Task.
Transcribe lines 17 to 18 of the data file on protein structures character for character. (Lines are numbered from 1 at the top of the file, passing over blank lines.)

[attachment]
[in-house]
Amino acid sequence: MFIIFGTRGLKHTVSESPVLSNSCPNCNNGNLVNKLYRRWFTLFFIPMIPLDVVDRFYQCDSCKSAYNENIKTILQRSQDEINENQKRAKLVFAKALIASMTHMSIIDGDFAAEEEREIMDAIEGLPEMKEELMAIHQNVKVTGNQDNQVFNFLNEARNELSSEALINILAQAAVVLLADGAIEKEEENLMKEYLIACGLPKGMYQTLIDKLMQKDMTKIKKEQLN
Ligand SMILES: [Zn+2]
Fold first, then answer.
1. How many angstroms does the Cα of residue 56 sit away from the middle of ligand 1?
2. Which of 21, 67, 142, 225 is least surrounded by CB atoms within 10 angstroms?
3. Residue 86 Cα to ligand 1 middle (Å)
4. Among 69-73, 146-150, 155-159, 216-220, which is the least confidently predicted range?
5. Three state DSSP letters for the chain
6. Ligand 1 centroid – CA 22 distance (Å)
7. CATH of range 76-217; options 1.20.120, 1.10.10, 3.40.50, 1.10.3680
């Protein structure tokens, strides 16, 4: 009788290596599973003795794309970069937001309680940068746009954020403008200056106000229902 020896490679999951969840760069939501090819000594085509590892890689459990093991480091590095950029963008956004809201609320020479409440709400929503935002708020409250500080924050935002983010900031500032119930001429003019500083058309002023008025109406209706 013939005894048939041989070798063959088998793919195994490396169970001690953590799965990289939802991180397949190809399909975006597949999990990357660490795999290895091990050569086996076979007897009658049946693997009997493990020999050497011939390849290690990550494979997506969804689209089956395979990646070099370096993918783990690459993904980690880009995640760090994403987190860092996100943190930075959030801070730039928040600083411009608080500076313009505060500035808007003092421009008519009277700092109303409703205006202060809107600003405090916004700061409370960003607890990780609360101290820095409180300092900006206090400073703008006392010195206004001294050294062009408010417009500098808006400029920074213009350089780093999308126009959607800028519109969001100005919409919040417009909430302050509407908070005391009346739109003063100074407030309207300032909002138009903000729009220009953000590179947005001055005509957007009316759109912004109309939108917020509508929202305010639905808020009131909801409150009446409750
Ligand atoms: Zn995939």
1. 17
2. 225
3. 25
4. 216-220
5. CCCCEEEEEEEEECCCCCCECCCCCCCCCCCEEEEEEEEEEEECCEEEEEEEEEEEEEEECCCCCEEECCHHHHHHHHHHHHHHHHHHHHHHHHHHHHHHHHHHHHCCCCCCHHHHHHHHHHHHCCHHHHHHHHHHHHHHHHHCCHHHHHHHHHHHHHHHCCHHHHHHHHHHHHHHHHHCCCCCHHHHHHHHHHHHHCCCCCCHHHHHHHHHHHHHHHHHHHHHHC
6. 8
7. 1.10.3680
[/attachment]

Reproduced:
4. 216-220
5. CCCCEEEEEEEEECCCCCCECCCCCCCCCCCEEEEEEEEEEEECCEEEEEEEEEEEEEEECCCCCEEECCHHHHHHHHHHHHHHHHHHHHHHHHHHHHHHHHHHHHCCCCCCHHHHHHHHHHHHCCHHHHHHHHHHHHHHHHHCCHHHHHHHHHHHHHHHCCHHHHHHHHHHHHHHHHHCCCCCHHHHHHHHHHHHHCCCCCCHHHHHHHHHHHHHHHHHHHHHHC